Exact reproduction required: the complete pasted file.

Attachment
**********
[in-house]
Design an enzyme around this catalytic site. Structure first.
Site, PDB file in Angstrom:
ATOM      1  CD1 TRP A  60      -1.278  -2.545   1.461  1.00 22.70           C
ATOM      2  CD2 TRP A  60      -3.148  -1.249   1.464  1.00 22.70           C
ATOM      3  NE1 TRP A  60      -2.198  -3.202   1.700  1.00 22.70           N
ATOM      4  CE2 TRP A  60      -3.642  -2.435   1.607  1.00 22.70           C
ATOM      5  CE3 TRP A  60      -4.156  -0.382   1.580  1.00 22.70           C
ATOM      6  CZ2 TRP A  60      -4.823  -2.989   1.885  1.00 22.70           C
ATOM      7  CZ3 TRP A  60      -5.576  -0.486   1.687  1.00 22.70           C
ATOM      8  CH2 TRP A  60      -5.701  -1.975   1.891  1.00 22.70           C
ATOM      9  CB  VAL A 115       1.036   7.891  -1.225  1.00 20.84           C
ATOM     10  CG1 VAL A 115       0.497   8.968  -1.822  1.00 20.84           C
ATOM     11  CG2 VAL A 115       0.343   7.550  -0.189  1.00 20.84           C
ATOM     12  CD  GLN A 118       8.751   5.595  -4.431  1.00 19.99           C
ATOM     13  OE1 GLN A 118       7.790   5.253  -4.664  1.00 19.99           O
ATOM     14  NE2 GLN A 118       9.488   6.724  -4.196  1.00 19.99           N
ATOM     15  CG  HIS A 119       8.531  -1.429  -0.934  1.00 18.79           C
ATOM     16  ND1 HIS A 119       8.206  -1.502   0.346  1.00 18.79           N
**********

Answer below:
[in-house]
Design an enzyme around this catalytic site. Structure first.
Site, PDB file in Angstrom:
ATOM      1  CD1 TRP A  60      -1.278  -2.545   1.461  1.00 22.70           C
ATOM      2  CD2 TRP A  60      -3.148  -1.249   1.464  1.00 22.70           C
ATOM      3  NE1 TRP A  60      -2.198  -3.202   1.700  1.00 22.70           N
ATOM      4  CE2 TRP A  60      -3.642  -2.435   1.607  1.00 22.70           C
ATOM      5  CE3 TRP A  60      -4.156  -0.382   1.580  1.00 22.70           C
ATOM      6  CZ2 TRP A  60      -4.823  -2.989   1.885  1.00 22.70           C
ATOM      7  CZ3 TRP A  60      -5.576  -0.486   1.687  1.00 22.70           C
ATOM      8  CH2 TRP A  60      -5.701  -1.975   1.891  1.00 22.70           C
ATOM      9  CB  VAL A 115       1.036   7.891  -1.225  1.00 20.84           C
ATOM     10  CG1 VAL A 115       0.497   8.968  -1.822  1.00 20.84           C
ATOM     11  CG2 VAL A 115       0.343   7.550  -0.189  1.00 20.84           C
ATOM     12  CD  GLN A 118       8.751   5.595  -4.431  1.00 19.99           C
ATOM     13  OE1 GLN A 118       7.790   5.253  -4.664  1.00 19.99           O
ATOM     14  NE2 GLN A 118       9.488   6.724  -4.196  1.00 19.99           N
ATOM     15  CG  HIS A 119       8.531  -1.429  -0.934  1.00 18.79           C
ATOM     16  ND1 HIS A 119       8.206  -1.502   0.346  1.00 18.79           N